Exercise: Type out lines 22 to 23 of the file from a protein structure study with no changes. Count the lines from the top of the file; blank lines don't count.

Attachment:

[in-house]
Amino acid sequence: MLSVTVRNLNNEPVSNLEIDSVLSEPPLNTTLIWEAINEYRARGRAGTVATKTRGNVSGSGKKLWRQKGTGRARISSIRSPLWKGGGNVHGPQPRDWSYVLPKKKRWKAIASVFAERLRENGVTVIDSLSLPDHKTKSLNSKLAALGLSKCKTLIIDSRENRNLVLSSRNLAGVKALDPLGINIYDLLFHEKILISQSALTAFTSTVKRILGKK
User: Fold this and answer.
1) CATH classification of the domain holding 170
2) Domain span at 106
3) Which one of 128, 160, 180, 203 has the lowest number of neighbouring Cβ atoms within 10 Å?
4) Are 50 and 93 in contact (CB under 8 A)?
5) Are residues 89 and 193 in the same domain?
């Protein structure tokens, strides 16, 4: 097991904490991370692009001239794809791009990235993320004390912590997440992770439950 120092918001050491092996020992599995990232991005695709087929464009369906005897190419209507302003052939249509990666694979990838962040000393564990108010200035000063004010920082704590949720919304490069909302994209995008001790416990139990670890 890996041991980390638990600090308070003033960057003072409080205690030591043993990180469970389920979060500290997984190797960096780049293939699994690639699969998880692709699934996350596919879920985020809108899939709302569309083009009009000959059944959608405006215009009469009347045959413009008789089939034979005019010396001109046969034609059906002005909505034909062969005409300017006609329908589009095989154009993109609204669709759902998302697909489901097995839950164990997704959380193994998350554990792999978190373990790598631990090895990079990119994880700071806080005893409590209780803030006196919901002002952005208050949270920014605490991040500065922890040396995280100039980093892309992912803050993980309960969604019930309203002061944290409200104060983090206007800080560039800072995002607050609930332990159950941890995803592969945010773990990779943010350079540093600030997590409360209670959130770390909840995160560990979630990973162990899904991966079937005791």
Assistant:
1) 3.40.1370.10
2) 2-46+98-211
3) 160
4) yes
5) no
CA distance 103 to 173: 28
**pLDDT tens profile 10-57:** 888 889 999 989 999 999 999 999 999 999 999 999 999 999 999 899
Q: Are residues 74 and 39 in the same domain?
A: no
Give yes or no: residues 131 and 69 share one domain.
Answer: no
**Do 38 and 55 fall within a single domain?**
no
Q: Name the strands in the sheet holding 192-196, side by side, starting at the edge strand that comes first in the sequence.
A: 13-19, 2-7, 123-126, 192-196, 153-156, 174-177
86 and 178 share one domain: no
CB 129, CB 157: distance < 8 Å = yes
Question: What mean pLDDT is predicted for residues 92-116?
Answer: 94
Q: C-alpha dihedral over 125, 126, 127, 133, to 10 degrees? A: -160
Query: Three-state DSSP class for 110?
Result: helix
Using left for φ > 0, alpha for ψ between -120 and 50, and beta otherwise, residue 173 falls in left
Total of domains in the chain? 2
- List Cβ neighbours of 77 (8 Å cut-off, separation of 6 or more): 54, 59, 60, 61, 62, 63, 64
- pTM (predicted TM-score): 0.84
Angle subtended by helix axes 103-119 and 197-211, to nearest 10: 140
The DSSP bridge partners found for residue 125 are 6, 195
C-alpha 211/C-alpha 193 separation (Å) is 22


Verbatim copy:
**Do 38 and 55 fall within a single domain?**
no